In the first 90 seconds of One Half, the third song on Julianna Barwicks new album, Nepenthe, something unexpected emerges from her familiar, reverberant haze: actual, discernible English words.
I guess I was asleep that night, she sings over and over as the song crests. Was waiting for .
The song recedes, just in time to not only preserve the narrative suspense, but also save Barwick from having to fill in more of the story.
Over a half-dozen years and two previous, home-recorded albums, the Brooklyn, N.Y.-based Barwick famously built her tunes out of looped and layered vocals and little else, eschewing language and its traditional role in storytelling. So, the lyrics on One Half inevitably spur the question: Is Barwick interested in writing more songs with words?
She answers definitively—for now, at least.
I dont want to do that. That seems painful to me, she says in an interview from Tulsa, Okla., where shes visiting family before heading west on a tour that will bring her to San Diegos Luce Loft, the East Village event space, on Saturday, Nov. 30.
It just doesnt come naturally to me, she says. It would feel like homework.
With Nepenthe and 2011s wordless masterpiece The Magic Place, Barwick—who grew up singing in church in the Midwest—has put forth some of the most emotionally affecting (and critically acclaimed) music of the past few years. Her sound is hauntingly beautiful, and her style impeccable. Barwick has been described as a one-woman choir of angels by the likes of The Village Voice and Utne Reader. Undeniably, her methods have worked thus far.
Its been pretty hectic, organizing concerts and getting music to choirs in Poland and Portugal, she says. But its a total dream come true.
Of course, sometimes a wrinkle in the routine is too inviting to pass up. Enter Alex Somers, an American producer based in Iceland, best known for his work with postrock heavyweights Sigur Rós. After hearing Barwicks music through his brother, Somers emailed her out of the blue to gauge her interest in working together.
I didnt even think twice about that one. I just answered it, Barwick says. Like, Yes, totally. When? Anytime.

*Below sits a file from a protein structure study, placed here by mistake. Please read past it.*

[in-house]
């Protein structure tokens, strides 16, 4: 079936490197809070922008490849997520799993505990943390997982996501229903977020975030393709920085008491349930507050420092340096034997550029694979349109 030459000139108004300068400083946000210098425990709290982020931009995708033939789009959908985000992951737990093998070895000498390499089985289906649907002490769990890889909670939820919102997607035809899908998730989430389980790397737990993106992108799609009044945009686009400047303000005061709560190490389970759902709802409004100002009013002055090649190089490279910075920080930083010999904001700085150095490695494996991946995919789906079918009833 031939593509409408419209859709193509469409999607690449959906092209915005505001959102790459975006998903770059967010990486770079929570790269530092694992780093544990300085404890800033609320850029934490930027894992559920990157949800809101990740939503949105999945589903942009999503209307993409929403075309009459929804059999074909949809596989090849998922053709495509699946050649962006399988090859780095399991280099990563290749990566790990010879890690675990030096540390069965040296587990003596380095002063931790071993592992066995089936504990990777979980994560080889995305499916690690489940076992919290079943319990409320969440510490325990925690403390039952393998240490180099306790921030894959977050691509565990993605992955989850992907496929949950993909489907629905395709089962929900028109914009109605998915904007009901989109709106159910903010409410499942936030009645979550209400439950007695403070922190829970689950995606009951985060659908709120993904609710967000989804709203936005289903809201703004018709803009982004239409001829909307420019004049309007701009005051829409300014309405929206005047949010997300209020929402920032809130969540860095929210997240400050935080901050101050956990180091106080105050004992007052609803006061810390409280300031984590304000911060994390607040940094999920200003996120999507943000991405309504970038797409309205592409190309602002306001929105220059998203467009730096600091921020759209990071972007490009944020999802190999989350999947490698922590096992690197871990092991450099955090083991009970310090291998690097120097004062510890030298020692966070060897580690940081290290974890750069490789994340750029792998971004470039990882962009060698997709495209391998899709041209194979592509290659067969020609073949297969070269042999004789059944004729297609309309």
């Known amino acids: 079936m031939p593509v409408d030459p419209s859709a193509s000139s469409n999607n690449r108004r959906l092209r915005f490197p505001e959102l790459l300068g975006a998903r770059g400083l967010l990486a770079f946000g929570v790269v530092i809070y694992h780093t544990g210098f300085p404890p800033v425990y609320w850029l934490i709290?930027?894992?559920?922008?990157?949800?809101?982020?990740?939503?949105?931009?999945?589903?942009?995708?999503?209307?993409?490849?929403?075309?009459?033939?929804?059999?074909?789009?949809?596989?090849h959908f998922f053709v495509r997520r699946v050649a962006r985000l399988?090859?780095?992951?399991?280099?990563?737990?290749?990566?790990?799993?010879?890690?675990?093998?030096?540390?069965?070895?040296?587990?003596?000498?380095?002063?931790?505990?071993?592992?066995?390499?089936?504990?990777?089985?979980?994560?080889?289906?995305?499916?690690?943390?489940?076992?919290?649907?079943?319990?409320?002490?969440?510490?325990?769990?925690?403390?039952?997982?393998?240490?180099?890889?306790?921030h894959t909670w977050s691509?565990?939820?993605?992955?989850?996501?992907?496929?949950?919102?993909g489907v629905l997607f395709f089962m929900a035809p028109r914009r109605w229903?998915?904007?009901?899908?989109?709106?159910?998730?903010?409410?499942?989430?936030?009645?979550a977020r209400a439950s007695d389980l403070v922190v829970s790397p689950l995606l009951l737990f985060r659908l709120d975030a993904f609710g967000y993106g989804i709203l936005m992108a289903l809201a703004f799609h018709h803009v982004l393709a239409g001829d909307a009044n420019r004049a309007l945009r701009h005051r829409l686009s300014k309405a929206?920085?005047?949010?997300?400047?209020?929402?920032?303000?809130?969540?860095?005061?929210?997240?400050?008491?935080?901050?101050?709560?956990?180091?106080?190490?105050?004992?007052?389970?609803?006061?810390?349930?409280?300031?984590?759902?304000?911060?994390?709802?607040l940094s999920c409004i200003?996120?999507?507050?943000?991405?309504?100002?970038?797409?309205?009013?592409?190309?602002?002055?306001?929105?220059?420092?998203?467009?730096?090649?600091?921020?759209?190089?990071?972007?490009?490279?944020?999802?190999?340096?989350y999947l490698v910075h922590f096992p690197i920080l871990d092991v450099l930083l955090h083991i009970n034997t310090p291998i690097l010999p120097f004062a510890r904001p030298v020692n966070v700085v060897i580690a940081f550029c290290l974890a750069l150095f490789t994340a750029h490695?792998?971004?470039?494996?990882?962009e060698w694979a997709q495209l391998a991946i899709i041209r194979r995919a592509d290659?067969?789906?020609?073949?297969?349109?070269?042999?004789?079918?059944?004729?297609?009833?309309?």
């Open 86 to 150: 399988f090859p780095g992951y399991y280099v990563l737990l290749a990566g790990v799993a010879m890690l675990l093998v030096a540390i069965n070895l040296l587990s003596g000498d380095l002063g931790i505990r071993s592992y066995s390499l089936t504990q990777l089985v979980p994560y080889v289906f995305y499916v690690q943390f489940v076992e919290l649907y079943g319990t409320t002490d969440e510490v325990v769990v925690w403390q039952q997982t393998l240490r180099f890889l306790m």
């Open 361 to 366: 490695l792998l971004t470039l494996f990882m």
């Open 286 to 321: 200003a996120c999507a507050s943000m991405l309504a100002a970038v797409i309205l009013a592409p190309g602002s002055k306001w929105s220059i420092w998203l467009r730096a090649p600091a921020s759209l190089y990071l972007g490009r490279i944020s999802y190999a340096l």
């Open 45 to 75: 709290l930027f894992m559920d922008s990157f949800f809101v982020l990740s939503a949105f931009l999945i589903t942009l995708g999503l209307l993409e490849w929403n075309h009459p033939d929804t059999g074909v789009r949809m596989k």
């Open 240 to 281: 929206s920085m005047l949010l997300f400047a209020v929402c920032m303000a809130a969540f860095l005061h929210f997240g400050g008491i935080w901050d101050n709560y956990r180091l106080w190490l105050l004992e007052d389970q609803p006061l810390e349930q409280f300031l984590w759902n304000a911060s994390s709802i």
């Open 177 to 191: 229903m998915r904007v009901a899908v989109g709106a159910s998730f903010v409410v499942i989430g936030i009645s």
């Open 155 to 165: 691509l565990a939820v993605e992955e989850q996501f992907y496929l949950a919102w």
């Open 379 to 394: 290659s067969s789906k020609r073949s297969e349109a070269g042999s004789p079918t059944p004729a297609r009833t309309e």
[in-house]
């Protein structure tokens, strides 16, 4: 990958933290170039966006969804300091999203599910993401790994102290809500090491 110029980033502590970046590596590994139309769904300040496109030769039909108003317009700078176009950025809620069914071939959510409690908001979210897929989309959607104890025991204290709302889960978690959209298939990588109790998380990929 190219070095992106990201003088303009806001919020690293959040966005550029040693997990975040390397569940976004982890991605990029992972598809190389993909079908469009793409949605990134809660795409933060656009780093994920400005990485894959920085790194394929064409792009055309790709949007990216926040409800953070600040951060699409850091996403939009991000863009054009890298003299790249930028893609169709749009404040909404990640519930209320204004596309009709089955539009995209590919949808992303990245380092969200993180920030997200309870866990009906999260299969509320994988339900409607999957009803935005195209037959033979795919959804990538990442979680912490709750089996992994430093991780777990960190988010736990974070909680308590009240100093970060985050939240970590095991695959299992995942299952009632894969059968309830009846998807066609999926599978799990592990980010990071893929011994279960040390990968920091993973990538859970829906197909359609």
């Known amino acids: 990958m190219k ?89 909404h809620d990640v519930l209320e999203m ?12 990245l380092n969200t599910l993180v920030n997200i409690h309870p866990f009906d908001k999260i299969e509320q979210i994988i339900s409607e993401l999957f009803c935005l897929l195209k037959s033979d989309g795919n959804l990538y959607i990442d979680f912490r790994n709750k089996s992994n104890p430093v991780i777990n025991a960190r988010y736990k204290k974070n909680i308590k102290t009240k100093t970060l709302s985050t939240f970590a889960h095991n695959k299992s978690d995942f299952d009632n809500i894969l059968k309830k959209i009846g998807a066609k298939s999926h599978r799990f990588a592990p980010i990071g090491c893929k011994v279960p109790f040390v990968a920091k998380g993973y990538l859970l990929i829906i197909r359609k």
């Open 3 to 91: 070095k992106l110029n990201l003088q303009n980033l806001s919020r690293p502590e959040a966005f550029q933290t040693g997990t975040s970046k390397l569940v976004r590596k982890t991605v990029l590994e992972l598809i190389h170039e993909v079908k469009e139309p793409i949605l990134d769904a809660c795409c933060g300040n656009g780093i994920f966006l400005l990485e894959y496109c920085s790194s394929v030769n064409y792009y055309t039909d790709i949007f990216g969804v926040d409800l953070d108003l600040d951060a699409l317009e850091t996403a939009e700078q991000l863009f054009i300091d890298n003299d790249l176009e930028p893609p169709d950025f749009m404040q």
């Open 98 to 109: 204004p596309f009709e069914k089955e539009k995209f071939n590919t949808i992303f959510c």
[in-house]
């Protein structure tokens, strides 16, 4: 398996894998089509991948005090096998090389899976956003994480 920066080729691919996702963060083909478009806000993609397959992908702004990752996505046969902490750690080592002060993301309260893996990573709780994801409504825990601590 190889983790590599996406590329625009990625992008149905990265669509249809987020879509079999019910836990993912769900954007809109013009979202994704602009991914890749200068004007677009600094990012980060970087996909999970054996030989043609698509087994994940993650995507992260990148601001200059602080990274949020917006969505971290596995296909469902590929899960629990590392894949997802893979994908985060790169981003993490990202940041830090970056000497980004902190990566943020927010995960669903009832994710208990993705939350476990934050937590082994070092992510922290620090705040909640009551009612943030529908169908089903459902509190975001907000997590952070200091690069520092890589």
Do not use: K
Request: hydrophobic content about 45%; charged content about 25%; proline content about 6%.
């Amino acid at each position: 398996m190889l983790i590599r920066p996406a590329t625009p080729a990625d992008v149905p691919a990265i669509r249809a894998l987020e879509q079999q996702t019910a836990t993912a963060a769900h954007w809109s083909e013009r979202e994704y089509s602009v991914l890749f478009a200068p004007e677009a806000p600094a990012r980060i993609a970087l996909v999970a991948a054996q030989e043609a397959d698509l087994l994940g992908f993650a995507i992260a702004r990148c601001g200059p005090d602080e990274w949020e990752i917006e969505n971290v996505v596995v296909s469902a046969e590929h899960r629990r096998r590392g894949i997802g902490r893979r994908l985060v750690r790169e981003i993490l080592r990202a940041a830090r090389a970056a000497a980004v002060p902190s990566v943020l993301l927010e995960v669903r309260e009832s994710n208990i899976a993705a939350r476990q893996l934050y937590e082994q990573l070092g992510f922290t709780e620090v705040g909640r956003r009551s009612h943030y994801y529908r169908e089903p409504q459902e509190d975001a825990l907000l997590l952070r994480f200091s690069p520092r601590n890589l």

That was a couple of years ago. In February, she traveled to Iceland with an open mind, ready to soak in the countrys cold, dark landscape.
The idea of going to this place, Barwick says, that is completely singular and totally stunningly beautiful was really exciting, because, of course, youre influenced by your environment.
Evidence of that is all over Nepenthe, on which icy melodies and sheets of harmony move at an unhurried pace that befits the overcast skies of winter near the Arctic Circle. (The visuals that returned home with Barwick, courtesy of filmmaker Derrick Belcham, are a perfect complement to the Nepenthe sound—equal parts strikingly gorgeous and shiver-inducing.)
Somers influence can be heard on the album, as well, from the triumphant coda of The Harbinger to the submerged piano that kicks off Forever or the Sigur Róslike whale-song effects in Pyrrhic. Working in the famed Sundlaugin studio—which Sigur Rós converted from an old swimming pool several years ago—the collaboration between Somers and Barwick is a thread that runs throughout the gentle crescendos of Nepenthe.
It was a welcome change after years of solitary soundscaping sessions, Barwick says.
If I want to make a hermit-style record, I can. Any time I want to. And I almost certainly will, she says. I was just really excited about having the opportunity to go to Iceland and to have eyes and ears [in the studio] that arent mine. Alex and I talked for a year before I even went over there, so we hatched a bunch of ideas, [and] I was really ready and pumped to go over there and start working.
Barwick is fully aware of the contrast between her past recording experiences and the Nepenthe process, which also included contributions from the contemporary classical string ensemble Amiina, Múm guitarist Róbert Sturla Reynisson and a choir of teenage girls. But once she was in studio and creating music, she slipped easily into her unique, sometimes insular style of composition.
That place—open-ended though it may be—is comfortable for Barwick.
Thats one thing I love about the spontaneous looping stuff: Theres no way to predict it or plan it or compose it ahead of time, she says. The first time I made a thing, I was, like, I love the way this sounds, and its so much fun to make, and I dont have to painstakingly think something through ahead of time. I can just do it and its super fast and fun. I just loved everything about it.
Her on-the-spot sound creations also coexist nicely with her goal of avoiding lyrics forever.
Forever—right, Julianna? Not yet, or maybe ever, she says. Im not saying never. Im just not interested.
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